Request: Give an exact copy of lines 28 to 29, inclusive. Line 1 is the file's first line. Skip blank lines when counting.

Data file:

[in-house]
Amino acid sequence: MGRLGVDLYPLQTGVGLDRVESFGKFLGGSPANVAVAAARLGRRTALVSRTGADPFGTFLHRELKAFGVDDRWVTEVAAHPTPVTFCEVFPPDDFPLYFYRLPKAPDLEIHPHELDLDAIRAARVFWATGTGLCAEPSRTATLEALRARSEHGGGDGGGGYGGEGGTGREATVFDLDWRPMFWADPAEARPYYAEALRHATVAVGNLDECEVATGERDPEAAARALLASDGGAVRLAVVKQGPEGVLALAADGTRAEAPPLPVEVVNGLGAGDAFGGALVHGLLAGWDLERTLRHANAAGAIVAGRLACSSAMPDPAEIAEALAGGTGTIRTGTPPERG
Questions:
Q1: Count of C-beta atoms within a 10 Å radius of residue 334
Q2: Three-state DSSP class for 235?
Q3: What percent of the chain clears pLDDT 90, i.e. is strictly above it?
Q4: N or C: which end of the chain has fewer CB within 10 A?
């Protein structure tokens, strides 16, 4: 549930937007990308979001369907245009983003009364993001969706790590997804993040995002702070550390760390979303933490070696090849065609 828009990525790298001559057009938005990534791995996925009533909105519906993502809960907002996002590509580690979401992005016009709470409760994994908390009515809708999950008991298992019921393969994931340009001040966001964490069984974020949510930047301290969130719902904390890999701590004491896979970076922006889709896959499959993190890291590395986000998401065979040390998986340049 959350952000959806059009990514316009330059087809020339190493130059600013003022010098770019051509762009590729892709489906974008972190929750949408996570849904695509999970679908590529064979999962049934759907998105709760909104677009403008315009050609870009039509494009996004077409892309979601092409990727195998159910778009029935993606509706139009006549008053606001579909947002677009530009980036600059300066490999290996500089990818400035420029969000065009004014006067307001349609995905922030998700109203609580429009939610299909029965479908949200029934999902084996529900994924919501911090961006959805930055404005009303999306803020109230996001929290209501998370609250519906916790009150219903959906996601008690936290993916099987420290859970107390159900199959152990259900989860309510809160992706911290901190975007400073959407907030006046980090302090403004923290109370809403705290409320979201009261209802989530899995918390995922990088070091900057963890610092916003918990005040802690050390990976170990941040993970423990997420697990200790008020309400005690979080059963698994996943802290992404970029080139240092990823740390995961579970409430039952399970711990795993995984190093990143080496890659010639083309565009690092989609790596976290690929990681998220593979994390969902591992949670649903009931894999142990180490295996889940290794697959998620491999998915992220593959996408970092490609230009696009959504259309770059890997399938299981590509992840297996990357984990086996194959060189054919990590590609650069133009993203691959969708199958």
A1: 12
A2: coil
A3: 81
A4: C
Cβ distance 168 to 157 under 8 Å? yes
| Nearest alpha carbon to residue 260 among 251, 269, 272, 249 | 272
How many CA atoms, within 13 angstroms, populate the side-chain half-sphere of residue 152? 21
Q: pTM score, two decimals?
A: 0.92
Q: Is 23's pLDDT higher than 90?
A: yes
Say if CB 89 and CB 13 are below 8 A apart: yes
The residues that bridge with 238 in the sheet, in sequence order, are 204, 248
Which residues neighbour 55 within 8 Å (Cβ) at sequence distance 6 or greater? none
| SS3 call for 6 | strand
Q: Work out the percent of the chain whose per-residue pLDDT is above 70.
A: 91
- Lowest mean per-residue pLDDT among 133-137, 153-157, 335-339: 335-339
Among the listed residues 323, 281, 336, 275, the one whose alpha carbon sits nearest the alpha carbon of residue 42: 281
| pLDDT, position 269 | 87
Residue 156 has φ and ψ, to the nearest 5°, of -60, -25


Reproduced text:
| pLDDT, position 269 | 87
Residue 156 has φ and ψ, to the nearest 5°, of -60, -25